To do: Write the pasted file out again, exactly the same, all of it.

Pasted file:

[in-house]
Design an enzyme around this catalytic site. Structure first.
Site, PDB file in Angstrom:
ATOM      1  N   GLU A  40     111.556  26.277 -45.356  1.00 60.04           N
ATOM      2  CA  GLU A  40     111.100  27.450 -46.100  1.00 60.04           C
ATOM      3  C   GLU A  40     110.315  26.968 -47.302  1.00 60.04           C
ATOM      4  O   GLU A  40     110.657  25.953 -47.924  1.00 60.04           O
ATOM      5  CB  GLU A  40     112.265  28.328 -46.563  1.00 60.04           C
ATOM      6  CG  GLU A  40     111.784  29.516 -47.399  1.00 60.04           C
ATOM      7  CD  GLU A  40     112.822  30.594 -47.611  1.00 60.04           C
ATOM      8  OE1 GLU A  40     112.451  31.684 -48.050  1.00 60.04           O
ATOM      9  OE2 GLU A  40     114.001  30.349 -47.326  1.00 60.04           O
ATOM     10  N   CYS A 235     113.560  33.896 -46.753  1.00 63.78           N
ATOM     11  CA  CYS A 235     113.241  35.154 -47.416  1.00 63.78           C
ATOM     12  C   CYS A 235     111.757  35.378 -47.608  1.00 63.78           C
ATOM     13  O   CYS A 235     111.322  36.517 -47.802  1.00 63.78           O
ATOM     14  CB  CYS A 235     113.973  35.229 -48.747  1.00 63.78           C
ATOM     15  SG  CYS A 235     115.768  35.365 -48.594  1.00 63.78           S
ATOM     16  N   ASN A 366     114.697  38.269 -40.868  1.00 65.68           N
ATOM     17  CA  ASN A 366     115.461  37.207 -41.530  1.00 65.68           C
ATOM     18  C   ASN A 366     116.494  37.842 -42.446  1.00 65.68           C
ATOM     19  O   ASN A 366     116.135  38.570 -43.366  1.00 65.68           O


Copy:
[in-house]
Design an enzyme around this catalytic site. Structure first.
Site, PDB file in Angstrom:
ATOM      1  N   GLU A  40     111.556  26.277 -45.356  1.00 60.04           N
ATOM      2  CA  GLU A  40     111.100  27.450 -46.100  1.00 60.04           C
ATOM      3  C   GLU A  40     110.315  26.968 -47.302  1.00 60.04           C
ATOM      4  O   GLU A  40     110.657  25.953 -47.924  1.00 60.04           O
ATOM      5  CB  GLU A  40     112.265  28.328 -46.563  1.00 60.04           C
ATOM      6  CG  GLU A  40     111.784  29.516 -47.399  1.00 60.04           C
ATOM      7  CD  GLU A  40     112.822  30.594 -47.611  1.00 60.04           C
ATOM      8  OE1 GLU A  40     112.451  31.684 -48.050  1.00 60.04           O
ATOM      9  OE2 GLU A  40     114.001  30.349 -47.326  1.00 60.04           O
ATOM     10  N   CYS A 235     113.560  33.896 -46.753  1.00 63.78           N
ATOM     11  CA  CYS A 235     113.241  35.154 -47.416  1.00 63.78           C
ATOM     12  C   CYS A 235     111.757  35.378 -47.608  1.00 63.78           C
ATOM     13  O   CYS A 235     111.322  36.517 -47.802  1.00 63.78           O
ATOM     14  CB  CYS A 235     113.973  35.229 -48.747  1.00 63.78           C
ATOM     15  SG  CYS A 235     115.768  35.365 -48.594  1.00 63.78           S
ATOM     16  N   ASN A 366     114.697  38.269 -40.868  1.00 65.68           N
ATOM     17  CA  ASN A 366     115.461  37.207 -41.530  1.00 65.68           C
ATOM     18  C   ASN A 366     116.494  37.842 -42.446  1.00 65.68           C
ATOM     19  O   ASN A 366     116.135  38.570 -43.366  1.00 65.68           O